I have had the last several days off from work. Wonderful right? Except, not so much. I came down with the flu, and it was brutal. This is my first real day “up” since Sunday and I have watched it warp from head to sinus to chest, with fever and cough and exhaustion. Not quite the week’s vacation I had planned for myself. I was determined to make the most of my time laying in bed. The flu may have come to extract from me, but it deposited some nuggets as well. Here’s what having the flu taught me:
Be it ever so humble, there is no place like home. Although not perfect, I have never been so thankful for my own space. In almost five days and nights, I have not turned the television on once. I listened to a podcast here and there, and my beloved audiobooks when I was able, but other than that it was wonderfully silent. I am one of those unique people who does not care for T.V. other than every so often. I sometimes think about getting a room mate or worry about the income needed to carry these high expenses alone. This week however I thought about all of the reasons I really want to find the way TO keep doing it all. I am proud of, and grateful for my independence, and the privacy to be and do whatever is best for me.
Pay attention to how people regard you when you are at your most vulnerable. Oddly enough, this works both in the negative and the positive. Associates who knew I may be asleep would contact me early and wake me to ask questions, people I thought would care really did not, and others who have very little interaction with me showed up in wonderful ways. One neighbor brought food to my door two days in a row. Her steaming soup warmed my heart more than my belly. Others offered care for my dog, or groceries. Of course my tried and trues were steady, but it was an interesting and eye opening look at my social landscape. Much can be learned about folks by watching the smallest of interactions, or lack of them at critical times.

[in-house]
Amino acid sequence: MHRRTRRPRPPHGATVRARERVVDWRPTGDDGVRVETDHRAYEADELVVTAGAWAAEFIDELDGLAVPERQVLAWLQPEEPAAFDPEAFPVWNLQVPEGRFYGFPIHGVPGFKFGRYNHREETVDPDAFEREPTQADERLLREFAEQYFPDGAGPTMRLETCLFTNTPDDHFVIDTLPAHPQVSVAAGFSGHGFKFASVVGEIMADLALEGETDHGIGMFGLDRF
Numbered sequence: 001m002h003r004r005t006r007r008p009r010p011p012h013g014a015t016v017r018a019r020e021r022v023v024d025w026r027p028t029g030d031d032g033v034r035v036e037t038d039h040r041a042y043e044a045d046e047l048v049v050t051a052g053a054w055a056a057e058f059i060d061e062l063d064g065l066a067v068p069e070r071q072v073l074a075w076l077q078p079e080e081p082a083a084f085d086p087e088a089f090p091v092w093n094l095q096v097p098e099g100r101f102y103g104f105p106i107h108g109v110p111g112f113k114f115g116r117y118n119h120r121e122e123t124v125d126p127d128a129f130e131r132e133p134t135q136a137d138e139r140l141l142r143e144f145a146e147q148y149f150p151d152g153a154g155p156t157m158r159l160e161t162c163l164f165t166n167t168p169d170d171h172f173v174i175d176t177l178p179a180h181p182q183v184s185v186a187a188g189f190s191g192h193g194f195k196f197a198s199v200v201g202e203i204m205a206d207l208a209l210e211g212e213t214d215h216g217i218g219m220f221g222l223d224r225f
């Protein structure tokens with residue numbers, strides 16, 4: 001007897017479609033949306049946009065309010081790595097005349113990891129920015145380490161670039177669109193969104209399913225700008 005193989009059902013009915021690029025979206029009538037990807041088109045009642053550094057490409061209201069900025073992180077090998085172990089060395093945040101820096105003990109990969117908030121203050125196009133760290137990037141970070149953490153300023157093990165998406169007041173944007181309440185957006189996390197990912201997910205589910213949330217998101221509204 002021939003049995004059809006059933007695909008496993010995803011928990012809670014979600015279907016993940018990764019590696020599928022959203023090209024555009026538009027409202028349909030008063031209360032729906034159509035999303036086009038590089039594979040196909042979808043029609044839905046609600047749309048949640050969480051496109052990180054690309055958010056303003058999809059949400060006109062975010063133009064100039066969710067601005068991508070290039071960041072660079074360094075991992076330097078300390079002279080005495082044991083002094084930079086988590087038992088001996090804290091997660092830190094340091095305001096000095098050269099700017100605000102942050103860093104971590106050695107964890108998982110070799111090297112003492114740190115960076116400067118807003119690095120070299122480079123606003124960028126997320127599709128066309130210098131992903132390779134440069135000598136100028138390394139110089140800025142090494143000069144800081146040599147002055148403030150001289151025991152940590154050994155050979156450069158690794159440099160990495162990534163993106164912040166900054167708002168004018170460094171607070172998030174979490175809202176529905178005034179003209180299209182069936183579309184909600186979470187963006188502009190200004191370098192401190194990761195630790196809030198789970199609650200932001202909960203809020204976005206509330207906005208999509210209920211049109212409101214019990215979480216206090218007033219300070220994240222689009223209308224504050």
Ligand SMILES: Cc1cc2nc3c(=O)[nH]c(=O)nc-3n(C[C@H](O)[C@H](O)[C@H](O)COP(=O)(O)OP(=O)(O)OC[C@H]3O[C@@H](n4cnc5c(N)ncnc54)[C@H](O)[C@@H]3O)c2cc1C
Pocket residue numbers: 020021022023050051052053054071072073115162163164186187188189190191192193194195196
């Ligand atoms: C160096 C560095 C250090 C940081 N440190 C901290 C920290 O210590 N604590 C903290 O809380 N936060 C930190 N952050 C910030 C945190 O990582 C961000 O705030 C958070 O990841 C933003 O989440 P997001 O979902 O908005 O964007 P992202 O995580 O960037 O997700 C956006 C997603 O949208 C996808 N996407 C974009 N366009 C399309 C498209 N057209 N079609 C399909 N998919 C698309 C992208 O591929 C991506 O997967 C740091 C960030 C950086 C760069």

Self care is not selfish. One of the more alarming things that hit me was that I allowed my physical, emotional and spiritual self to become so run down. If I had practiced better self-care overall perhaps I may not have succumbed to the extent which I did. I realized that I am quick to catch colds, or get over tired and lose sleep, often for days on end. These are all physical manifestations of stress, anxiety and self-neglect. Although I can’t do weekly massages and facials, I can commit to nightly baths with a candle lit, spending a few minutes at the start and end of each day clearing my mind, choosing healthier foods, some exercise each day, playing my music, and getting some type of break mid day at work. I made a promise to myself to start taking these small, actionable steps because I realized that I only have one body. It houses a wonderful spirit and soul. Once it breaks, its hard to fix.
Budget for balance. I don’t believe in a true “work/life balance”, since for most of us work takes up the majority of our waking hours. However even within the framework of work, there needs to be some margin. I am not in a flexible situation, nor do I have an easy setting to work in. Still, this week made me think of ways that I can extract moments, and re-frame current situations until they can be improved or changed. More importantly, I decided to make room in my budget for things I must have to counter-act my everyday grind. I figured out three monthly expenses worth eliminating in order for me to embrace three things much more meaningful to me. Everyone’s individual needs will be different. Perhaps you spend time cleaning, mowing, or food shopping. There are services designed for just about everything to make your time more efficient and your day a bit easier. Invest the dollars wisely by investing in yourself. I would rather give up paying for lunch and breakfast every day, in order to pay for other things that keep me on track, aid in my well being ,and keep me moving forward to where I want to be 12 months from now.
Gratitude is possible. I was miserable, absolutely miserable. The more I thought about how awful I felt, the worse it all became. Then I remembered gratitude. I thought about my steaming hot shower as I had the chills from fever. I had clean sheets, fresh clothes, a warm bed, medicine, health care and paid time off. I was safe, clean and a phone call away from help if I needed it. Call it hype, call it new-age, call it whatever you want to call it, but it helped, a lot. I realized that if I can force myself to be grateful feeling like that, then like any other habit, I need to force myself to do it in all sorts of scenarios. This will be a work in progress, but one worth the effort. It’s far too easy to take the smallest things, and even the largest things for granted.
Flu who? I caught more than just the virus, I caught the wisdom. I am still not feeling great, but I am good enough to string these thoughts together, and for that I am thankful.